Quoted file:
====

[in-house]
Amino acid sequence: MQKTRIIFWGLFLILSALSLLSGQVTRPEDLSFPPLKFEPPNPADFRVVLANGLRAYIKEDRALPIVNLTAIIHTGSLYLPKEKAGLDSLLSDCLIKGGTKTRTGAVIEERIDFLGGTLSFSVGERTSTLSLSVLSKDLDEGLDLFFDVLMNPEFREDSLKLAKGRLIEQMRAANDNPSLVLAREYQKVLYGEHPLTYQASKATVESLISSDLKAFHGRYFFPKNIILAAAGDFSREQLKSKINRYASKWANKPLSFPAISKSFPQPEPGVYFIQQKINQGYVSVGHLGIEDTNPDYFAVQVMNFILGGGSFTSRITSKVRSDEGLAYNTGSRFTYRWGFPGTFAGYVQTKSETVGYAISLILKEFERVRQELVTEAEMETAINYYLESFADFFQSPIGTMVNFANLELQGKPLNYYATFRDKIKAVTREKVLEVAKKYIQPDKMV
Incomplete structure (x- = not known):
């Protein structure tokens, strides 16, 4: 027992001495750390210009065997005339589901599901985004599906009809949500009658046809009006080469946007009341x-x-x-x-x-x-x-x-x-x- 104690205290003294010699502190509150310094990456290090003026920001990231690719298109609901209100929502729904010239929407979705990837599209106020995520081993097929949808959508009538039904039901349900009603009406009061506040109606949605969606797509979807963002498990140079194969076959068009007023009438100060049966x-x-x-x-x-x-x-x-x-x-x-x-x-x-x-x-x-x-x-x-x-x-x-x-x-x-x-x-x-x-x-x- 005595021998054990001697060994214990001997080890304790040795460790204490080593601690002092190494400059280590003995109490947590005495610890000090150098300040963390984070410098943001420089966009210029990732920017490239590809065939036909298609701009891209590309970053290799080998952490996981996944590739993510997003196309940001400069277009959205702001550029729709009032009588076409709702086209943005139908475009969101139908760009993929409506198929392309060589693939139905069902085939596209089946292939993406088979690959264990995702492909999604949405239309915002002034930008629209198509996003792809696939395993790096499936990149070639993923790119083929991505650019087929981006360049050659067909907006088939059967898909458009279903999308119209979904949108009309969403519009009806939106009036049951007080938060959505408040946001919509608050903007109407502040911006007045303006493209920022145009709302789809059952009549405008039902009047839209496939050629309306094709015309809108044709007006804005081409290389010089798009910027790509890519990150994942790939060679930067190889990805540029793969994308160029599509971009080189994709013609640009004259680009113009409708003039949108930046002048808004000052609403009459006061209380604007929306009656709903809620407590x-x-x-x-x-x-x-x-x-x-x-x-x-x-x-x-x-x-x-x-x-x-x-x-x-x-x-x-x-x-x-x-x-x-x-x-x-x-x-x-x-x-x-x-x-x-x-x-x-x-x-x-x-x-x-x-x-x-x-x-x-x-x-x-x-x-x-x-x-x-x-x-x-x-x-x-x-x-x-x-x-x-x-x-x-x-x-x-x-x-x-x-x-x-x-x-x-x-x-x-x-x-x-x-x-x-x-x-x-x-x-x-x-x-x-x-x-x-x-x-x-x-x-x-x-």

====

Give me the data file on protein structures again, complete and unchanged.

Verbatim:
[in-house]
Amino acid sequence: MQKTRIIFWGLFLILSALSLLSGQVTRPEDLSFPPLKFEPPNPADFRVVLANGLRAYIKEDRALPIVNLTAIIHTGSLYLPKEKAGLDSLLSDCLIKGGTKTRTGAVIEERIDFLGGTLSFSVGERTSTLSLSVLSKDLDEGLDLFFDVLMNPEFREDSLKLAKGRLIEQMRAANDNPSLVLAREYQKVLYGEHPLTYQASKATVESLISSDLKAFHGRYFFPKNIILAAAGDFSREQLKSKINRYASKWANKPLSFPAISKSFPQPEPGVYFIQQKINQGYVSVGHLGIEDTNPDYFAVQVMNFILGGGSFTSRITSKVRSDEGLAYNTGSRFTYRWGFPGTFAGYVQTKSETVGYAISLILKEFERVRQELVTEAEMETAINYYLESFADFFQSPIGTMVNFANLELQGKPLNYYATFRDKIKAVTREKVLEVAKKYIQPDKMV
Incomplete structure (x- = not known):
């Protein structure tokens, strides 16, 4: 027992001495750390210009065997005339589901599901985004599906009809949500009658046809009006080469946007009341x-x-x-x-x-x-x-x-x-x- 104690205290003294010699502190509150310094990456290090003026920001990231690719298109609901209100929502729904010239929407979705990837599209106020995520081993097929949808959508009538039904039901349900009603009406009061506040109606949605969606797509979807963002498990140079194969076959068009007023009438100060049966x-x-x-x-x-x-x-x-x-x-x-x-x-x-x-x-x-x-x-x-x-x-x-x-x-x-x-x-x-x-x-x- 005595021998054990001697060994214990001997080890304790040795460790204490080593601690002092190494400059280590003995109490947590005495610890000090150098300040963390984070410098943001420089966009210029990732920017490239590809065939036909298609701009891209590309970053290799080998952490996981996944590739993510997003196309940001400069277009959205702001550029729709009032009588076409709702086209943005139908475009969101139908760009993929409506198929392309060589693939139905069902085939596209089946292939993406088979690959264990995702492909999604949405239309915002002034930008629209198509996003792809696939395993790096499936990149070639993923790119083929991505650019087929981006360049050659067909907006088939059967898909458009279903999308119209979904949108009309969403519009009806939106009036049951007080938060959505408040946001919509608050903007109407502040911006007045303006493209920022145009709302789809059952009549405008039902009047839209496939050629309306094709015309809108044709007006804005081409290389010089798009910027790509890519990150994942790939060679930067190889990805540029793969994308160029599509971009080189994709013609640009004259680009113009409708003039949108930046002048808004000052609403009459006061209380604007929306009656709903809620407590x-x-x-x-x-x-x-x-x-x-x-x-x-x-x-x-x-x-x-x-x-x-x-x-x-x-x-x-x-x-x-x-x-x-x-x-x-x-x-x-x-x-x-x-x-x-x-x-x-x-x-x-x-x-x-x-x-x-x-x-x-x-x-x-x-x-x-x-x-x-x-x-x-x-x-x-x-x-x-x-x-x-x-x-x-x-x-x-x-x-x-x-x-x-x-x-x-x-x-x-x-x-x-x-x-x-x-x-x-x-x-x-x-x-x-x-x-x-x-x-x-x-x-x-x-």